- Population: 1.4 billion people (compared to the USA: 330 million).
- Sophisticated economy.
- Tax incentives for companies to give to charities. Over 600,000 high net-worth individuals (earning over USD 1 million).
The proposed activities over the next 3 year's...
Increasing awareness of PH in health care practitioners
- Annual PVRI India conference with at least 2 international faculty (covering all specialities).
- At least one CME activity yearly, in all the tier one cities of the country (we have 8 tier one cities in India).
- Helping to set-up one PH centre in each of these cities.
- Masterclass for PG students to increase the awareness of the disease in the formative years.
- Creating an app which would act as a virtual bridge between the patients and doctors to help manage patients better.
- PVRI Annual World Congress on PVD to be held in India within 3 years of launch.
Increasing awareness in general public and helping PH patients
- Establishing a formal patient support group under the PVRI India umbrella to add credibility for fundraising activities. •
- PH day activities including: podcasts, FM radio activities and newspaper articles and press realeases.
- Informative website for patients presented in regional languages.
The investment required...
- Secure start-up funds from PVRI UK via a grant from the Cardiovascular Research and Medical Fund (CMREF) in the USA.
- Confirm sponsorship from Indian national pharma companies which is essential.
- Plan proactive fundraising activities via PH patient network.
- Identify high profile patrons to engage business community and provide advocacy
- Undertake a fundraising campaign from PVRI UK to attract support from its worldwide network of PH physicians.
- Initiate advocacy in collaboration with PHA USA, the larget PH patient organisation in the world.
Expanding the PVRI global mission...
- Validates PVRI’s global reach.Emphasises unmet PH need in developing world providing advocacy with WHO, NCDA, WHF, etc...
- Increases partner opportunities.
- Encourages exchange programmes.
- Provides shadowing and mentoring opportunities.
- Facilitates sponsorship of Fellowships.
Task Force Activity 2009 - 2021
To see all of the activities for this Task Force fro 2009 - 2021 pleasee see the PVRI India Task Force booklet
2020 Annual Report
This year has been a turbulent one with Covid-19 hitting the world hard. 2020 has been a memorable year, sadly for all the wrong reasons. It was the year that introduced us all to a new species of the Coronavirus which turned out to be deadly. Almost every activity of the world came to a standstill, including some aspects of scientific research. This significantly affected output for this Task Force. Firstly the two planned face to face meetings in India and Kyrgyzstan had to be cancelled. This did prompt the two organisers and PVRI to discuss the value of a coordinated approach in the future with one combined high altitude meeting from the Task Force each year henceforth.
Early this summer Max Gassmann visited the highest research facility in Switzerland, the Jungfraujoch Hut, located at an altitude of 3500m. Research planning there involved a project to keep human volunteers and animal models at that altitude for weeks to analyse the impact of high altitude on a variety of gene expressions. The Swiss high altitude research facility might be complementary to facilities in Leh (India), Puno (Peru), Lhasa (Tibet) and many other locations in the word and PVRI could coordinate joint research.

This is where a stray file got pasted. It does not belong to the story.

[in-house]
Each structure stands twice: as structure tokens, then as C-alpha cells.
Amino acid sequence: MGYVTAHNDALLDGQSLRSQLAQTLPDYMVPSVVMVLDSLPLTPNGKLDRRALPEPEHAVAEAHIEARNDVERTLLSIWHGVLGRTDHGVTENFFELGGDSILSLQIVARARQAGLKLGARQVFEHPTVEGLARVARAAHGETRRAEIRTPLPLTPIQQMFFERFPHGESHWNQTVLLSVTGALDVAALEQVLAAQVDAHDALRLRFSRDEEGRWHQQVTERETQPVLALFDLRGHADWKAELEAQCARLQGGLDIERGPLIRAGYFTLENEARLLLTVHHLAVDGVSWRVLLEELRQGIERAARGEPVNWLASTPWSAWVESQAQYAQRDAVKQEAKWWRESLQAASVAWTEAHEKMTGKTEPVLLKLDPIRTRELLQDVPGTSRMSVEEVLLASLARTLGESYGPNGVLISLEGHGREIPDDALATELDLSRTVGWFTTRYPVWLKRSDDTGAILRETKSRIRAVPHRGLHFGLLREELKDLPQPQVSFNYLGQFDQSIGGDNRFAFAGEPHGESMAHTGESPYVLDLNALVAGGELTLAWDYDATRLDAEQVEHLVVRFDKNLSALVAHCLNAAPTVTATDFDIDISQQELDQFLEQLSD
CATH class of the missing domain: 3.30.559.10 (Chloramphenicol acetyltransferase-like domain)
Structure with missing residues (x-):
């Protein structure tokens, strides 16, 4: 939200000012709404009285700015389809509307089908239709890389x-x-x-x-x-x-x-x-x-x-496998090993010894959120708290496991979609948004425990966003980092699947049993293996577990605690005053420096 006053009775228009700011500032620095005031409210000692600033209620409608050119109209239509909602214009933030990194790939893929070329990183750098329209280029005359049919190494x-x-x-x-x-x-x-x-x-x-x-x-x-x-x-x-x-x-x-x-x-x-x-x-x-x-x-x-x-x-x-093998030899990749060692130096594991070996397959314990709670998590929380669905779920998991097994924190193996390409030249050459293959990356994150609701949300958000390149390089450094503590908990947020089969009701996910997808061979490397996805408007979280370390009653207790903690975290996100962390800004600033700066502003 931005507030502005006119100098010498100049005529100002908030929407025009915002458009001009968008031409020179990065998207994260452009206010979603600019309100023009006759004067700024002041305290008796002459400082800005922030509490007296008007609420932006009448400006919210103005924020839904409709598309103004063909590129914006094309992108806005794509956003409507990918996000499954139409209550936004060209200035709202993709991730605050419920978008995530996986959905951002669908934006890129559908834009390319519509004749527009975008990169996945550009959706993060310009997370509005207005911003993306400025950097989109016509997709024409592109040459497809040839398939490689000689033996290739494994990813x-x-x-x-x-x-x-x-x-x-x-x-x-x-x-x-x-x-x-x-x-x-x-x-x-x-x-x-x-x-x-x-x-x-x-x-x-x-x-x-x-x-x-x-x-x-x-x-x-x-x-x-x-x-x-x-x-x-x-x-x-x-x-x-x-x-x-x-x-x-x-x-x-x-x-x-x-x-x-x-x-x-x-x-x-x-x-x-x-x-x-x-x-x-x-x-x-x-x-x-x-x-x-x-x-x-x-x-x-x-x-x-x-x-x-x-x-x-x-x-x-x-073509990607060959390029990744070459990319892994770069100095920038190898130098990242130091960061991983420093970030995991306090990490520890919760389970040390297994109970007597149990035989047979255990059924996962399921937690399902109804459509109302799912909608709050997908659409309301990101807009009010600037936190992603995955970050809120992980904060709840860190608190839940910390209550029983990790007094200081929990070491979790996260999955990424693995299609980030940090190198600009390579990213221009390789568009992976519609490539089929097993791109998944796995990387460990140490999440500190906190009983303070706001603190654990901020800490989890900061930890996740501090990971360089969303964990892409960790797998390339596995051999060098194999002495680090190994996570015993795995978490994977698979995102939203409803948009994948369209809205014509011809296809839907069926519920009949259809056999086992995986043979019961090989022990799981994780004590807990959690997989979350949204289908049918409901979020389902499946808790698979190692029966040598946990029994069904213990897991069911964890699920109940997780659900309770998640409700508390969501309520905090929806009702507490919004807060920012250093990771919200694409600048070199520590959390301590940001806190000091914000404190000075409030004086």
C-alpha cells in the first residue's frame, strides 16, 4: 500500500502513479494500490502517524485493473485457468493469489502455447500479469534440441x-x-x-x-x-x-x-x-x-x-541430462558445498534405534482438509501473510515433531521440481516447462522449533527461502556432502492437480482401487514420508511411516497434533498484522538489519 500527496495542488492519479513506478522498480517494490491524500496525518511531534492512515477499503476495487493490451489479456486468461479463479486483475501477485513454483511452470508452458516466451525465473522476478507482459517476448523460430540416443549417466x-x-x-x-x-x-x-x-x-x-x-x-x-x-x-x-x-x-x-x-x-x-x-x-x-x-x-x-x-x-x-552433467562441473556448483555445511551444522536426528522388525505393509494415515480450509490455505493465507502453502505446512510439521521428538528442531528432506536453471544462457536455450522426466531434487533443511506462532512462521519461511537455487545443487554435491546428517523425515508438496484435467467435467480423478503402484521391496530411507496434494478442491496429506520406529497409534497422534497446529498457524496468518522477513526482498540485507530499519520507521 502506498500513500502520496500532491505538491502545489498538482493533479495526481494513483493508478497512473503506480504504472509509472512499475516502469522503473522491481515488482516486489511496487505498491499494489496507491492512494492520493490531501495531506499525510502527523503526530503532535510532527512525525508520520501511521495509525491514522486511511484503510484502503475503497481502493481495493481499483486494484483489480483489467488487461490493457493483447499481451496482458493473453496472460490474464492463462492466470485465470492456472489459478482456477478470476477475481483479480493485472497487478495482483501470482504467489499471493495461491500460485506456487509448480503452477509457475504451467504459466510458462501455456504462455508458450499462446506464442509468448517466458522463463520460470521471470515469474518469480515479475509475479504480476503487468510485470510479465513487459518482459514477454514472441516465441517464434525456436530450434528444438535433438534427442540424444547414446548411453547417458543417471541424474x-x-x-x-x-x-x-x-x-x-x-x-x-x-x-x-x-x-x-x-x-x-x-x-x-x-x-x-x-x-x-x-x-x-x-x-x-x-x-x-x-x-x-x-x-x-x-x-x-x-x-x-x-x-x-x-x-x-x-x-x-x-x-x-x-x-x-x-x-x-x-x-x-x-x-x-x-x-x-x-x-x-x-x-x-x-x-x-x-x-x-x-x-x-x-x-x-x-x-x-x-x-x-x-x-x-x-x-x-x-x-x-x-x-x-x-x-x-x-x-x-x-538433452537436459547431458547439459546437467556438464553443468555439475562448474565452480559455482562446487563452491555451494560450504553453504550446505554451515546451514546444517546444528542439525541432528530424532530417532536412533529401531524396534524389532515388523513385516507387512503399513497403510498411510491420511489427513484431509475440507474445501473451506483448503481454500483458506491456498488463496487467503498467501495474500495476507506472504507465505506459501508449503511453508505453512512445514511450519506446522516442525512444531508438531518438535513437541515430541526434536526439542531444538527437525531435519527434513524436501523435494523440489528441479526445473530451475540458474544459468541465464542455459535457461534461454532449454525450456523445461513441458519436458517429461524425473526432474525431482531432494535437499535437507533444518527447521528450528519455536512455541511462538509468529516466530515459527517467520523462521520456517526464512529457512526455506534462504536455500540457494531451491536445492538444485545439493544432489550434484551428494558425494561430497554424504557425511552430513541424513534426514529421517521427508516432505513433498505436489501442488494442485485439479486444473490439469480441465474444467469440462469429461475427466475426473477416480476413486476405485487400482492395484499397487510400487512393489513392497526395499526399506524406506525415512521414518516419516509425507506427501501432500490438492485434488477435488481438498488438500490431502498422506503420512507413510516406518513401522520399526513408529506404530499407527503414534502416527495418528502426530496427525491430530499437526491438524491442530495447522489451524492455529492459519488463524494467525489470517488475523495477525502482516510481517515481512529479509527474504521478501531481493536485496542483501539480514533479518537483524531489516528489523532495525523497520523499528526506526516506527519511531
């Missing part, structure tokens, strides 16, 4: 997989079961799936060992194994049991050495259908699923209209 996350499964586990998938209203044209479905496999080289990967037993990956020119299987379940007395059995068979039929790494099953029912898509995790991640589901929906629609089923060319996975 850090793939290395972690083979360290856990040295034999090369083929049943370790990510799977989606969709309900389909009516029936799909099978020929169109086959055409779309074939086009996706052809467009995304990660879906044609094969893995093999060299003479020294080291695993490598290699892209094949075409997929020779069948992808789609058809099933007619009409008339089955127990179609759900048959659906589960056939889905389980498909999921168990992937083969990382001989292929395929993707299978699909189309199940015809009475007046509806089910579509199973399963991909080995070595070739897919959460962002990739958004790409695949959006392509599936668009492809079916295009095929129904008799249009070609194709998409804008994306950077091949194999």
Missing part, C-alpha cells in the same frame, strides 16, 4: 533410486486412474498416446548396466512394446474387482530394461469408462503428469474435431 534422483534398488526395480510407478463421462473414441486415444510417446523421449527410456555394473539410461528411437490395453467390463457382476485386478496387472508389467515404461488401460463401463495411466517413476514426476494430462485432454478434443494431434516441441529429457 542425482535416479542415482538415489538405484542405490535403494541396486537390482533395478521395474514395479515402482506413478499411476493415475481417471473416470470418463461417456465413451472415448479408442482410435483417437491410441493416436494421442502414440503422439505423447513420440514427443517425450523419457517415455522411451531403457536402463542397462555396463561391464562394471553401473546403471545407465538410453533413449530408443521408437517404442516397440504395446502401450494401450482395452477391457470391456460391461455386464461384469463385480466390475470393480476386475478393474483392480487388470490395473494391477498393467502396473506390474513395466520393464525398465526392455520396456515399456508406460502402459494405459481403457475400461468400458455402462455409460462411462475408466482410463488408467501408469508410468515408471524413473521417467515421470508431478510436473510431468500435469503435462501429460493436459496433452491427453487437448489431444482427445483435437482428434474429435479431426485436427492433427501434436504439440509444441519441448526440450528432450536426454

Project on gene drug development 2020 and acute exposure to altitude
Dr Qadar Pasha’s genetic study was awarded support for the next two years by The Cardiovascular Medical Research and Education Foundation, in Philadelphia, however work had been postponed due to the pandemic. His institute CSIR-IGIB which has received PVRI support decided to divert research time to the Coronavirus.
One important experiment looking at the effects of travelling from sea level to high altitude and back in a population of young volunteers was undertaken. The team of 35 youngsters, who volunteered for the drug based study where taken rapidly from sea level (Delhi) to high alititude (Leh) and back. The team were put through rigorous Coronavirus testing whilst visiting the Himalayan region and were able to achieve their desired goals without any unwarranted events. Clinical observations, Lake Louise score, chest-radiography and echo were all recorded, along with blood samples. The volunteers greatly enjoyed the visit to Leh and everyone conveyed their wish to be apart of any future research activity allowing them to re-visit.
Coronavirus effect in Ladakh, the Himalayan highland
Despite the high altitude environment of Ladakh, like most counties it could not escape the grasp of the Coronavirus. Reports from other similar highland regions of South America had suggested that the native people are resistant to Covid-19. Minimal travel, and maximum precautions coupled with sanitisation will prevent the spread of infection and these are more likely causes for that highland region. The virus appears to be resistant to any extreme environment and all our observations suggest that the clinical effects of Covid 19 are the same at high altitude as sea level.
Research activities in this period